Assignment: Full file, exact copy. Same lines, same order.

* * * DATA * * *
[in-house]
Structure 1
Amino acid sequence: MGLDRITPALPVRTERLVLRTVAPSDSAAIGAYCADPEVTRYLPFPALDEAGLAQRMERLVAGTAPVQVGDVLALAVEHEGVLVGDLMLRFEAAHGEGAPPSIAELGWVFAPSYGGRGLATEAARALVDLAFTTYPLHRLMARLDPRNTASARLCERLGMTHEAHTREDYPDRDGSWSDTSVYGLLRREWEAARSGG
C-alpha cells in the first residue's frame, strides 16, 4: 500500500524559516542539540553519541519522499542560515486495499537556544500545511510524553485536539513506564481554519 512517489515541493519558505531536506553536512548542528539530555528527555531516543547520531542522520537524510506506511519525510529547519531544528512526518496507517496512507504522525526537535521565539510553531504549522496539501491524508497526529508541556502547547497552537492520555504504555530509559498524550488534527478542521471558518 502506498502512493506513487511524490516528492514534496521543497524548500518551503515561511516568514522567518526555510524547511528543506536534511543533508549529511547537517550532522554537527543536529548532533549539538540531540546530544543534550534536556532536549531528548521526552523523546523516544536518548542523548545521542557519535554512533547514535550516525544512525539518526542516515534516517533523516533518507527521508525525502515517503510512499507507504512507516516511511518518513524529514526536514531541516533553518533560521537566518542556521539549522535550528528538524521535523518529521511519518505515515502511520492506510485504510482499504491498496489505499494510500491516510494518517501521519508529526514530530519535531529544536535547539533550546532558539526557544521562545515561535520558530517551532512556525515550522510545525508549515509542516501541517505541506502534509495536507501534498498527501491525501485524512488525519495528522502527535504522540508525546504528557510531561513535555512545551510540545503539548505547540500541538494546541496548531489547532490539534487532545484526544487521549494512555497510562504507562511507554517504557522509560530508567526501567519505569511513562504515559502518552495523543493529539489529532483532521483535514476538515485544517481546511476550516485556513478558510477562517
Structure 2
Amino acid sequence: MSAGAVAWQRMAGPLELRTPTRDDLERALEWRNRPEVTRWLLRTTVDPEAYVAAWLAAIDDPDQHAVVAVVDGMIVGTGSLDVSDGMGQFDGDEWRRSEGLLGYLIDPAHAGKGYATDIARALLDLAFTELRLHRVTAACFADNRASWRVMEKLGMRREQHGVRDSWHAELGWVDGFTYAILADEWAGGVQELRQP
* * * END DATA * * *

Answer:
[in-house]
Structure 1
Amino acid sequence: MGLDRITPALPVRTERLVLRTVAPSDSAAIGAYCADPEVTRYLPFPALDEAGLAQRMERLVAGTAPVQVGDVLALAVEHEGVLVGDLMLRFEAAHGEGAPPSIAELGWVFAPSYGGRGLATEAARALVDLAFTTYPLHRLMARLDPRNTASARLCERLGMTHEAHTREDYPDRDGSWSDTSVYGLLRREWEAARSGG
C-alpha cells in the first residue's frame, strides 16, 4: 500500500524559516542539540553519541519522499542560515486495499537556544500545511510524553485536539513506564481554519 512517489515541493519558505531536506553536512548542528539530555528527555531516543547520531542522520537524510506506511519525510529547519531544528512526518496507517496512507504522525526537535521565539510553531504549522496539501491524508497526529508541556502547547497552537492520555504504555530509559498524550488534527478542521471558518 502506498502512493506513487511524490516528492514534496521543497524548500518551503515561511516568514522567518526555510524547511528543506536534511543533508549529511547537517550532522554537527543536529548532533549539538540531540546530544543534550534536556532536549531528548521526552523523546523516544536518548542523548545521542557519535554512533547514535550516525544512525539518526542516515534516517533523516533518507527521508525525502515517503510512499507507504512507516516511511518518513524529514526536514531541516533553518533560521537566518542556521539549522535550528528538524521535523518529521511519518505515515502511520492506510485504510482499504491498496489505499494510500491516510494518517501521519508529526514530530519535531529544536535547539533550546532558539526557544521562545515561535520558530517551532512556525515550522510545525508549515509542516501541517505541506502534509495536507501534498498527501491525501485524512488525519495528522502527535504522540508525546504528557510531561513535555512545551510540545503539548505547540500541538494546541496548531489547532490539534487532545484526544487521549494512555497510562504507562511507554517504557522509560530508567526501567519505569511513562504515559502518552495523543493529539489529532483532521483535514476538515485544517481546511476550516485556513478558510477562517
Structure 2
Amino acid sequence: MSAGAVAWQRMAGPLELRTPTRDDLERALEWRNRPEVTRWLLRTTVDPEAYVAAWLAAIDDPDQHAVVAVVDGMIVGTGSLDVSDGMGQFDGDEWRRSEGLLGYLIDPAHAGKGYATDIARALLDLAFTELRLHRVTAACFADNRASWRVMEKLGMRREQHGVRDSWHAELGWVDGFTYAILADEWAGGVQELRQP